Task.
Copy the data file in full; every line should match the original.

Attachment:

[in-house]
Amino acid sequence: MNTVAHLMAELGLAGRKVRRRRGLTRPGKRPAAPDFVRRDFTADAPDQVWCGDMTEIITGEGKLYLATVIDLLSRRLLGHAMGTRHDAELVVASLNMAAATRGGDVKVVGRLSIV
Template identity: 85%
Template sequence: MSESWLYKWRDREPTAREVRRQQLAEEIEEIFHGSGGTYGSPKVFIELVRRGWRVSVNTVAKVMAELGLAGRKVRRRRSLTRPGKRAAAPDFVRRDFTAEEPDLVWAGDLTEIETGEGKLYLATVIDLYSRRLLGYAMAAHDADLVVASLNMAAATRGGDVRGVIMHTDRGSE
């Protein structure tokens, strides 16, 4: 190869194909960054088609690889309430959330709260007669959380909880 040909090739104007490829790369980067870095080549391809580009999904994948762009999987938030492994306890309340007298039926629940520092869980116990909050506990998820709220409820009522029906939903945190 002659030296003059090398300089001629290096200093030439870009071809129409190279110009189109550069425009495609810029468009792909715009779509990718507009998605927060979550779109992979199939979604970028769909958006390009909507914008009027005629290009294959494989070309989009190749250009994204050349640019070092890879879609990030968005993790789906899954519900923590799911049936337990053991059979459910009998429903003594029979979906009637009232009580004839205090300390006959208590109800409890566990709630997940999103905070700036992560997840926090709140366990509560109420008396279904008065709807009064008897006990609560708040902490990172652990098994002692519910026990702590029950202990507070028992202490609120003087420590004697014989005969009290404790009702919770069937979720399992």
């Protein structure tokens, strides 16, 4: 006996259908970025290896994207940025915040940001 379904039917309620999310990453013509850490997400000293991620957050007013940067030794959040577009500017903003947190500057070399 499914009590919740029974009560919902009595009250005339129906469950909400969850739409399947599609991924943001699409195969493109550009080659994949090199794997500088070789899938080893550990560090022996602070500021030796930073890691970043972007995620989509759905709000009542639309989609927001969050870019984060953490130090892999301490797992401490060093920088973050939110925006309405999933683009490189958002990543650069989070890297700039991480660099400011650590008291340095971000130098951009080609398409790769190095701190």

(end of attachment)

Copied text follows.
[in-house]
Amino acid sequence: MNTVAHLMAELGLAGRKVRRRRGLTRPGKRPAAPDFVRRDFTADAPDQVWCGDMTEIITGEGKLYLATVIDLLSRRLLGHAMGTRHDAELVVASLNMAAATRGGDVKVVGRLSIV
Template identity: 85%
Template sequence: MSESWLYKWRDREPTAREVRRQQLAEEIEEIFHGSGGTYGSPKVFIELVRRGWRVSVNTVAKVMAELGLAGRKVRRRRSLTRPGKRAAAPDFVRRDFTAEEPDLVWAGDLTEIETGEGKLYLATVIDLYSRRLLGYAMAAHDADLVVASLNMAAATRGGDVRGVIMHTDRGSE
């Protein structure tokens, strides 16, 4: 190869194909960054088609690889309430959330709260007669959380909880 040909090739104007490829790369980067870095080549391809580009999904994948762009999987938030492994306890309340007298039926629940520092869980116990909050506990998820709220409820009522029906939903945190 002659030296003059090398300089001629290096200093030439870009071809129409190279110009189109550069425009495609810029468009792909715009779509990718507009998605927060979550779109992979199939979604970028769909958006390009909507914008009027005629290009294959494989070309989009190749250009994204050349640019070092890879879609990030968005993790789906899954519900923590799911049936337990053991059979459910009998429903003594029979979906009637009232009580004839205090300390006959208590109800409890566990709630997940999103905070700036992560997840926090709140366990509560109420008396279904008065709807009064008897006990609560708040902490990172652990098994002692519910026990702590029950202990507070028992202490609120003087420590004697014989005969009290404790009702919770069937979720399992």
């Protein structure tokens, strides 16, 4: 006996259908970025290896994207940025915040940001 379904039917309620999310990453013509850490997400000293991620957050007013940067030794959040577009500017903003947190500057070399 499914009590919740029974009560919902009595009250005339129906469950909400969850739409399947599609991924943001699409195969493109550009080659994949090199794997500088070789899938080893550990560090022996602070500021030796930073890691970043972007995620989509759905709000009542639309989609927001969050870019984060953490130090892999301490797992401490060093920088973050939110925006309405999933683009490189958002990543650069989070890297700039991480660099400011650590008291340095971000130098951009080609398409790769190095701190």